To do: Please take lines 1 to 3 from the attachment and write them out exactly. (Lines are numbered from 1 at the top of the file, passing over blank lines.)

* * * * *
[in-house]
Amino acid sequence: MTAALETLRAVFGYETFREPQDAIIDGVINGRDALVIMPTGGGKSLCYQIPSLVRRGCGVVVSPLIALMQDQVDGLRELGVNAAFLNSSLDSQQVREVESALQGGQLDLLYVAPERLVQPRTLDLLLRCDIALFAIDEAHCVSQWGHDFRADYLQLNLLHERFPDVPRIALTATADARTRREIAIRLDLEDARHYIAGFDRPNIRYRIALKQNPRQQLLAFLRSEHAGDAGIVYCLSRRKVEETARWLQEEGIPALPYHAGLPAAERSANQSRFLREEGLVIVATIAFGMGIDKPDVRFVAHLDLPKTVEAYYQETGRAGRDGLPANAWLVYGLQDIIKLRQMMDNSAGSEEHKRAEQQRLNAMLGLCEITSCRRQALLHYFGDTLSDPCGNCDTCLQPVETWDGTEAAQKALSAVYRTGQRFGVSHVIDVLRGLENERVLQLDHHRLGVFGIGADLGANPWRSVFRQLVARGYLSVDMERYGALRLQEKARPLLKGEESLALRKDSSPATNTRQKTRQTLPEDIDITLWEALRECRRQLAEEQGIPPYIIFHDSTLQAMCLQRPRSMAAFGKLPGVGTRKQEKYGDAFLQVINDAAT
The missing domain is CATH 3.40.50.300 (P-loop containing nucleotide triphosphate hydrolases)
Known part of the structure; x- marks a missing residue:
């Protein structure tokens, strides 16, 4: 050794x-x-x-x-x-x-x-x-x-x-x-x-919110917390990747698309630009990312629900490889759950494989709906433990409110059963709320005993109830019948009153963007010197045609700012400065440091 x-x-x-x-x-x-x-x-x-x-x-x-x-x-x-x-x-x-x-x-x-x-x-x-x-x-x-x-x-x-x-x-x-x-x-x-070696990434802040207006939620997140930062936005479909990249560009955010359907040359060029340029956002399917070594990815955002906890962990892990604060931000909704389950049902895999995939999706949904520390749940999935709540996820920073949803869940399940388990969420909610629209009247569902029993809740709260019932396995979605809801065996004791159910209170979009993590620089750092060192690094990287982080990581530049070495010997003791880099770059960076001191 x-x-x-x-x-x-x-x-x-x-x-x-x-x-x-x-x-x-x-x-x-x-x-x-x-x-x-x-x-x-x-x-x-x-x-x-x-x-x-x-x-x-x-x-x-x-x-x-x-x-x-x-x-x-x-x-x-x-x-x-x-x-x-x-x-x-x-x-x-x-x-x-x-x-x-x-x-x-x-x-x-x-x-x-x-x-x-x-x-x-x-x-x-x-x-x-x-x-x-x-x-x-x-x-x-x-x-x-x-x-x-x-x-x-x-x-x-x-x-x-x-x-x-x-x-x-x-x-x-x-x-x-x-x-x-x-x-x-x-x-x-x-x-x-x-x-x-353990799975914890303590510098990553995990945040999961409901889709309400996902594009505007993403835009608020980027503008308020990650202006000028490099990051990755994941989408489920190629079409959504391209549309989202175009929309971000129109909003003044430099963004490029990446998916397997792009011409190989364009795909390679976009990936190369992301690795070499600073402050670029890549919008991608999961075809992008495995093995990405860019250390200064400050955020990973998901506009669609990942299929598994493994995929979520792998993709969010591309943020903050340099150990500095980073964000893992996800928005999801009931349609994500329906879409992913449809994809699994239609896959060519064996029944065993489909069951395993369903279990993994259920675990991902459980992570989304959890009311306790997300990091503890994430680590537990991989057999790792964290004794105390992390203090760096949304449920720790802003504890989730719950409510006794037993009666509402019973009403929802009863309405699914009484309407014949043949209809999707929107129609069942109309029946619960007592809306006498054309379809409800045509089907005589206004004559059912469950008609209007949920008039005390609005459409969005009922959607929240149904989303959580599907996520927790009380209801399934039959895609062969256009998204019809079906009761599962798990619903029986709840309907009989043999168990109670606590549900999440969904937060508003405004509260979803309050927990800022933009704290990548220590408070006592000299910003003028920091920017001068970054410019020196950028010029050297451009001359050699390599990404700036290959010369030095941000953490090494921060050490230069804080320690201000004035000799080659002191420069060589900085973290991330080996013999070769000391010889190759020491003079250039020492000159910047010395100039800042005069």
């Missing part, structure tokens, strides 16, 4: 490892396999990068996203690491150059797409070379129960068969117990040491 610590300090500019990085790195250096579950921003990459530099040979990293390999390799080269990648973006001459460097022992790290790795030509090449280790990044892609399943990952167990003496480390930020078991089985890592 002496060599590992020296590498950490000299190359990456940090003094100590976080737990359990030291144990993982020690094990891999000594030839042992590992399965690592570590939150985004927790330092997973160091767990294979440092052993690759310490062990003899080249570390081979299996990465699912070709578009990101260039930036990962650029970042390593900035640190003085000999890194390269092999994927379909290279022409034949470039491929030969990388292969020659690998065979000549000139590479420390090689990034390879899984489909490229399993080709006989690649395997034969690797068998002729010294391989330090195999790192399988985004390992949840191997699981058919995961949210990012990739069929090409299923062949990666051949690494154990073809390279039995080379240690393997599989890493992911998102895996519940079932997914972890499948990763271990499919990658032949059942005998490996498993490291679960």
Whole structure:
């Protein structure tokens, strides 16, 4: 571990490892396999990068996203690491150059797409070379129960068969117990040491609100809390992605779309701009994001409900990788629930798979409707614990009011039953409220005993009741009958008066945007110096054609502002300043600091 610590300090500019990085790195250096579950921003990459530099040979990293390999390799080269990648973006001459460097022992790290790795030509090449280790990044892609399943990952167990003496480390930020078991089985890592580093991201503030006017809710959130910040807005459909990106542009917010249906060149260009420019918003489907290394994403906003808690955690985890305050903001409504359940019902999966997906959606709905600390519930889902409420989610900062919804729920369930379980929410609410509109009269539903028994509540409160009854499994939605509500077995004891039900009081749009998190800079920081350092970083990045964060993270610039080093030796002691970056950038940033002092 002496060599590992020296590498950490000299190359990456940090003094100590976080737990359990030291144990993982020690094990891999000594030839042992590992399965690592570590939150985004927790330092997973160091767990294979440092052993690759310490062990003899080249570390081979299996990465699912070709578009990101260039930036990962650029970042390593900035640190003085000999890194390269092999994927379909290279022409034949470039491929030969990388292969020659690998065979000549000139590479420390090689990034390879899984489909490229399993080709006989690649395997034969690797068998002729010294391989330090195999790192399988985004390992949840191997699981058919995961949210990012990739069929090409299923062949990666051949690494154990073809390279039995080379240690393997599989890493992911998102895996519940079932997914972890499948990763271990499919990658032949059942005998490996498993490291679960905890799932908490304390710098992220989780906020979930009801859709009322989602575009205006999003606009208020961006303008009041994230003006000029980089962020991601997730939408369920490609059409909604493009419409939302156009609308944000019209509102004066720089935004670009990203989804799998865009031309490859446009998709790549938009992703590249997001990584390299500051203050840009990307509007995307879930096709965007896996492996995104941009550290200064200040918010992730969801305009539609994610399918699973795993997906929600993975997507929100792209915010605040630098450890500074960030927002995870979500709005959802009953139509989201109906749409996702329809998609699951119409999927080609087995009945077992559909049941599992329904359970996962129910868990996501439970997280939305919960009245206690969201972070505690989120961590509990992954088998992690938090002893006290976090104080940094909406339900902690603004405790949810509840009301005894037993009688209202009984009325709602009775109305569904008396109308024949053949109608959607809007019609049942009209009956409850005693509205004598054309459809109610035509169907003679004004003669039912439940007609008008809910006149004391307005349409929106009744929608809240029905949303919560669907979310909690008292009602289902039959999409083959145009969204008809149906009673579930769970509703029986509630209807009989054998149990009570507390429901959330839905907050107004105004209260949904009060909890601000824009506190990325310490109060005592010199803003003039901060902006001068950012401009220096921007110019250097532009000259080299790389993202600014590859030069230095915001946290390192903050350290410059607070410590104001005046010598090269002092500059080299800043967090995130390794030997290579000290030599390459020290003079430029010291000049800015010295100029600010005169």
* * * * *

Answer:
[in-house]
Amino acid sequence: MTAALETLRAVFGYETFREPQDAIIDGVINGRDALVIMPTGGGKSLCYQIPSLVRRGCGVVVSPLIALMQDQVDGLRELGVNAAFLNSSLDSQQVREVESALQGGQLDLLYVAPERLVQPRTLDLLLRCDIALFAIDEAHCVSQWGHDFRADYLQLNLLHERFPDVPRIALTATADARTRREIAIRLDLEDARHYIAGFDRPNIRYRIALKQNPRQQLLAFLRSEHAGDAGIVYCLSRRKVEETARWLQEEGIPALPYHAGLPAAERSANQSRFLREEGLVIVATIAFGMGIDKPDVRFVAHLDLPKTVEAYYQETGRAGRDGLPANAWLVYGLQDIIKLRQMMDNSAGSEEHKRAEQQRLNAMLGLCEITSCRRQALLHYFGDTLSDPCGNCDTCLQPVETWDGTEAAQKALSAVYRTGQRFGVSHVIDVLRGLENERVLQLDHHRLGVFGIGADLGANPWRSVFRQLVARGYLSVDMERYGALRLQEKARPLLKGEESLALRKDSSPATNTRQKTRQTLPEDIDITLWEALRECRRQLAEEQGIPPYIIFHDSTLQAMCLQRPRSMAAFGKLPGVGTRKQEKYGDAFLQVINDAAT
The missing domain is CATH 3.40.50.300 (P-loop containing nucleotide triphosphate hydrolases)